In its response to the Village's motion for summary judgment, Santucci claimed that of the 19 demand letters attached to the notice to terminate, six were duplications seeking payments totaling $72,335. Santucci maintained that evidence of payment for some of the amounts claimed in the notice as due had been previously furnished to the Village and its engineers. Approximately $34,000 of the amounts claimed due were disputed by Santucci, including a $21,500 bill from a supplier for materials delivered to and used by Santucci on another job. According to Russell and his affidavit in support of Santucci's motion for summary judgment, he was unable to respond for Santucci to the notice of termination because he could not determine, within the 10 days allotted, which amounts claimed in the notice were correct. Russell stated that subsequently, by comparing the attached bills and Santucci's records and books, he was able to determine that the amount of bills attached to the notice which were actually due and owing on the date of its service on Santucci was $59,000.

On August 22, 1978, Santucci was terminated by the Village for the reasons set forth in the notice to terminate, i.e., Santucci did not honor the demands for payment which were attached to the notice. According to the deposition of Harold Kively of Baxter & Woodman, the Village held approximately $172,500 in retained funds as of the date of termination.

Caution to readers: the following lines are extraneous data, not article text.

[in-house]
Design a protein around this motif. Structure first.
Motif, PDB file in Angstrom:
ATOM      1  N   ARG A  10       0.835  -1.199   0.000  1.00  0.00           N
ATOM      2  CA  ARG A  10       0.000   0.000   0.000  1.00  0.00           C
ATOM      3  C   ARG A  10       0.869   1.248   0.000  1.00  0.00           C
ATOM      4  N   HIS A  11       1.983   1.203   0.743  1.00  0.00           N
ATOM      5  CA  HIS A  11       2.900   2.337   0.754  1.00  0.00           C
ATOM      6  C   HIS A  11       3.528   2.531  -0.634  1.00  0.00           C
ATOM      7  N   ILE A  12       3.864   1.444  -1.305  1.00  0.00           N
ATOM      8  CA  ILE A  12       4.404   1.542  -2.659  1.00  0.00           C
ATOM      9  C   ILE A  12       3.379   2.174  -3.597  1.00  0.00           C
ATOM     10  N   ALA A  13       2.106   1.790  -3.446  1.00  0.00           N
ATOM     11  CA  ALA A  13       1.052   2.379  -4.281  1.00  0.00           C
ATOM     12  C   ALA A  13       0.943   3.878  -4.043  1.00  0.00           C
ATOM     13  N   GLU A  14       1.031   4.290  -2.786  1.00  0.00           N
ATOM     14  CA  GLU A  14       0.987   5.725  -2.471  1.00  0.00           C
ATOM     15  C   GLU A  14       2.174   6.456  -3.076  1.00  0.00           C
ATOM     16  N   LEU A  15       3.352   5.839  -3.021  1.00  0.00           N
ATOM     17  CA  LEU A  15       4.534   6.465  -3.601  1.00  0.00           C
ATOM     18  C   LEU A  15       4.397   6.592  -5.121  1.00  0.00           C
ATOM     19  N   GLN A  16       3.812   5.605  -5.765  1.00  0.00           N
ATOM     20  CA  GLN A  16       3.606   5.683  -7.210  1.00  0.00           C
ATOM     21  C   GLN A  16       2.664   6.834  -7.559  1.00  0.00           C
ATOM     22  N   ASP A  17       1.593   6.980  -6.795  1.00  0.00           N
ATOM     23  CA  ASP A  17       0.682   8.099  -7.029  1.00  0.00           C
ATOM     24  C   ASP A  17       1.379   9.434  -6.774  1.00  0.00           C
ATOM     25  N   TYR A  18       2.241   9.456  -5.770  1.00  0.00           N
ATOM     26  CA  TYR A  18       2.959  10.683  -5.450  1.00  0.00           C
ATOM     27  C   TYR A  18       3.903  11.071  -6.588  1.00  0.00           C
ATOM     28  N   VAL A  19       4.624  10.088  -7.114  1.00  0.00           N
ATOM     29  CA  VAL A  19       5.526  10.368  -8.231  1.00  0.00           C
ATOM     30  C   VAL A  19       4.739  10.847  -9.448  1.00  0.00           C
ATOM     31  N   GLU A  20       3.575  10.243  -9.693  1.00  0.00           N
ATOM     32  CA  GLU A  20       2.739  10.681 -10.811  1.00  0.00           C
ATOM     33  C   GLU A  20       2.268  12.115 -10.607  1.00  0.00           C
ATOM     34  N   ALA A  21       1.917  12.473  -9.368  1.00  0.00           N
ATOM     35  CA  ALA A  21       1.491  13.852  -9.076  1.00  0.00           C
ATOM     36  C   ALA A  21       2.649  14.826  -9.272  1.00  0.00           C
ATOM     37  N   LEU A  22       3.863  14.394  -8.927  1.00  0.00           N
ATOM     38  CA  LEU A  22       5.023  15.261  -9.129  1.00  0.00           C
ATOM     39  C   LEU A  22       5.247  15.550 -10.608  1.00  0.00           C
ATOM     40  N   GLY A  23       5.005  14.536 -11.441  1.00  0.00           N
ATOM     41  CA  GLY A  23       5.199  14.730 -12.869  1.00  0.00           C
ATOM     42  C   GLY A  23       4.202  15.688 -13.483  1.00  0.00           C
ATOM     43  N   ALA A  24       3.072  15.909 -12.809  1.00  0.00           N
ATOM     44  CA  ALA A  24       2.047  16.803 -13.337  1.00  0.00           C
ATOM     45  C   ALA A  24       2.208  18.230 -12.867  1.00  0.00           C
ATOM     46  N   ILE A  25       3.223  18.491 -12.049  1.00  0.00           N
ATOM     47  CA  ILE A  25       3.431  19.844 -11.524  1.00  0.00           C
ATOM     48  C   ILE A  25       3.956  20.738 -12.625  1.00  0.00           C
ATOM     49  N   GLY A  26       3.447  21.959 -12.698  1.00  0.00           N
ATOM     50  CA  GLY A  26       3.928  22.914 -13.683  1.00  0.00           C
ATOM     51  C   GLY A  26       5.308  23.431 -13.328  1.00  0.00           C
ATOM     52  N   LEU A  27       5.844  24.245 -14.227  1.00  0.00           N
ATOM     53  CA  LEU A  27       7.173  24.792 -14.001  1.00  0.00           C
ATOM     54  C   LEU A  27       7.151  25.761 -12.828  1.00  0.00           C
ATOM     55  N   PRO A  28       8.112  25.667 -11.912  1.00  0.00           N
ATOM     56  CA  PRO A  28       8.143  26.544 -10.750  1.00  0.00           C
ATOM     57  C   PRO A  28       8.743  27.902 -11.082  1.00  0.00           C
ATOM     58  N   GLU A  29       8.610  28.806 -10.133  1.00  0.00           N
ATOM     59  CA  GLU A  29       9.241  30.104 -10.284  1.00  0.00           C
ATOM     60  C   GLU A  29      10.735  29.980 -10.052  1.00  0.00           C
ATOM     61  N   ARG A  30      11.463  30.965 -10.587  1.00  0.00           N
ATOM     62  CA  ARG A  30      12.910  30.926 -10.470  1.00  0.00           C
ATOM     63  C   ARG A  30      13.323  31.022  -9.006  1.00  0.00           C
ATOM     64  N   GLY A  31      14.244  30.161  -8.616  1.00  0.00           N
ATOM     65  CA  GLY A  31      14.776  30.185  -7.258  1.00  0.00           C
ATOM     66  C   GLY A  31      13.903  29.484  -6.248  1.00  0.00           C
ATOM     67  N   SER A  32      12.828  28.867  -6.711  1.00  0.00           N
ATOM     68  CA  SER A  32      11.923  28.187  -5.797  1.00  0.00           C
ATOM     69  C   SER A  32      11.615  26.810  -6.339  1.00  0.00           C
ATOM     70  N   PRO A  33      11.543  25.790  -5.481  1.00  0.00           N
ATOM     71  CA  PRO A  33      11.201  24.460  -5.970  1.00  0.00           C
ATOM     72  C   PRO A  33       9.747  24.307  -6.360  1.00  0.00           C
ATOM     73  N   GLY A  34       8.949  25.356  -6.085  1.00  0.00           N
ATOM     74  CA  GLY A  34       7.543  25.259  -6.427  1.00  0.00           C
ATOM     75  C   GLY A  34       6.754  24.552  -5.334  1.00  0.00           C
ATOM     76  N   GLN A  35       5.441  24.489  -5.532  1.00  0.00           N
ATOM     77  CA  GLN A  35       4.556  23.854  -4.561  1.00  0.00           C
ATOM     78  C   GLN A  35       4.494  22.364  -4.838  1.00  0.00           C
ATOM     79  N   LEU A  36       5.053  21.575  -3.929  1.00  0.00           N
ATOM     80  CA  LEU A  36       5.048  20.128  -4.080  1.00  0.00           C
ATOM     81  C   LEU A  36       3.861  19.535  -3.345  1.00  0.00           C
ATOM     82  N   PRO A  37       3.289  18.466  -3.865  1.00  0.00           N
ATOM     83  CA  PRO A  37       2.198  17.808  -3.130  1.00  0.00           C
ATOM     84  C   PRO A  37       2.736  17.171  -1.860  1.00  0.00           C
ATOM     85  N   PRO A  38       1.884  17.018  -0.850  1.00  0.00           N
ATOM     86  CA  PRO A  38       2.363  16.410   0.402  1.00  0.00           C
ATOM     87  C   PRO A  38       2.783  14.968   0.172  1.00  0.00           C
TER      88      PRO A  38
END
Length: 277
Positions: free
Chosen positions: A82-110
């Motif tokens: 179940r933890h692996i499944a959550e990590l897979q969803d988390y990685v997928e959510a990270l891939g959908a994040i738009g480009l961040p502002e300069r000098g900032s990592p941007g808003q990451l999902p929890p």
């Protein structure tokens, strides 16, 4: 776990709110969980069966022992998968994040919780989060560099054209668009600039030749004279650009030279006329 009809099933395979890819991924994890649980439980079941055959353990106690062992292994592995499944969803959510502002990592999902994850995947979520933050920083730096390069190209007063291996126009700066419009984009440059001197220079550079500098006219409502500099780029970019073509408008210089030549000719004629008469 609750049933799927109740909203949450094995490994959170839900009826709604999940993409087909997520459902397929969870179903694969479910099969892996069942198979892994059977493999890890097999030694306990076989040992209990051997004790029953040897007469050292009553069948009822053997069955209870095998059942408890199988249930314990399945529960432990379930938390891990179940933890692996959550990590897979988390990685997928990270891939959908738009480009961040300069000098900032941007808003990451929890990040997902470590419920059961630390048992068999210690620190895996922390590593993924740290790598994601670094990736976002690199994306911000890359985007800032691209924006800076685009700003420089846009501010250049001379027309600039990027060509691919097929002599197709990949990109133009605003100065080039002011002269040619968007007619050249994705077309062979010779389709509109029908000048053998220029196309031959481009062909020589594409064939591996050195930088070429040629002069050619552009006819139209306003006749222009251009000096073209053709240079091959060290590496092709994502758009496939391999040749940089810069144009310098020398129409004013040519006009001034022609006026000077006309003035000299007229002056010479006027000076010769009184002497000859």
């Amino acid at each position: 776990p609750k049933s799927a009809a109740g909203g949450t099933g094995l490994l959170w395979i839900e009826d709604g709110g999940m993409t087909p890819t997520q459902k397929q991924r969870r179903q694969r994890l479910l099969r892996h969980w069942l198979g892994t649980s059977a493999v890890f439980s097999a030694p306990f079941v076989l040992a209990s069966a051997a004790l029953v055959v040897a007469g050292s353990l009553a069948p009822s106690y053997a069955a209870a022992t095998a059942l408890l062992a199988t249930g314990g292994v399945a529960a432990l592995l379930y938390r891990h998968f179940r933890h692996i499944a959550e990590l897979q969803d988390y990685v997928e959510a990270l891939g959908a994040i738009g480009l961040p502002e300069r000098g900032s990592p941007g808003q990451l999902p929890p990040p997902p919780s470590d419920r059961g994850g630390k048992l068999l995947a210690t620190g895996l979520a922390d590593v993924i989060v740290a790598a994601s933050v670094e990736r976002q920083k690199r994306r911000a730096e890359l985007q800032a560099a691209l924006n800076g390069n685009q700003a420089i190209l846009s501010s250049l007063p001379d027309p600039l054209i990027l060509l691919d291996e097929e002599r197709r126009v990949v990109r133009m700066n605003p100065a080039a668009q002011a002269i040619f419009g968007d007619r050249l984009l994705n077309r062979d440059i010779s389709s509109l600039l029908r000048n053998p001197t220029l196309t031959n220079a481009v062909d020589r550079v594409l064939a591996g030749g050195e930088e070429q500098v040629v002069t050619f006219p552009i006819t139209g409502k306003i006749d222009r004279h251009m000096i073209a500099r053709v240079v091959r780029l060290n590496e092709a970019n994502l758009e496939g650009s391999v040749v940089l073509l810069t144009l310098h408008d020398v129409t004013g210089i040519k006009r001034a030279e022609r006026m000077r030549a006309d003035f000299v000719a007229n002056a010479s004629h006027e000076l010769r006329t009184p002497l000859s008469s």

Santucci admitted to a violation of section 27 of the general conditions of the contract in the amount of $59,050.48. According to Santucci, this amount constituted about 6.7% of the $878,000 in Santucci's material and supplier obligations, paid and unpaid as of the date that the notice of termination was served upon the Village, and 1.9% of the total amount paid to complete the project.

After termination, representatives of Aetna met with representatives of Santucci. At this meeting, Santucci informed Aetna that it was wrongfully terminated and that the Village, not Santucci, had breached the contract. The representatives of Santucci requested that Aetna exercise its right to take over performance of its contract with the Village but only if Aetna did so pursuant to a reservation of its rights.

On September 5, 1978, representatives of Aetna, the Village, and Santucci met to discuss Santucci's termination and the performance of its contract with the Village. Aetna informed the Village that Aetna would take over performance of Santucci's contract with the Village but only under a reservation of rights because of Santucci's position that the Village, by terminating the contract, had breached it. Aetna informed the Village it would undertake performance of Santucci's contract subject to the following conditions:

(a) that Aetna, in taking over Santucci's contract, would not be waiving any rights which it may have if it was subsequently determined that Santucci was correct in its contention that the termination was unlawful; and

(b) that all of the rights of both Aetna and Santucci, including whatever right Aetna may have to additional compensation in the event that the Village's termination of Santucci's contract was found to be without legal justification, would be expressly reserved as though Aetna did not exercise its right ...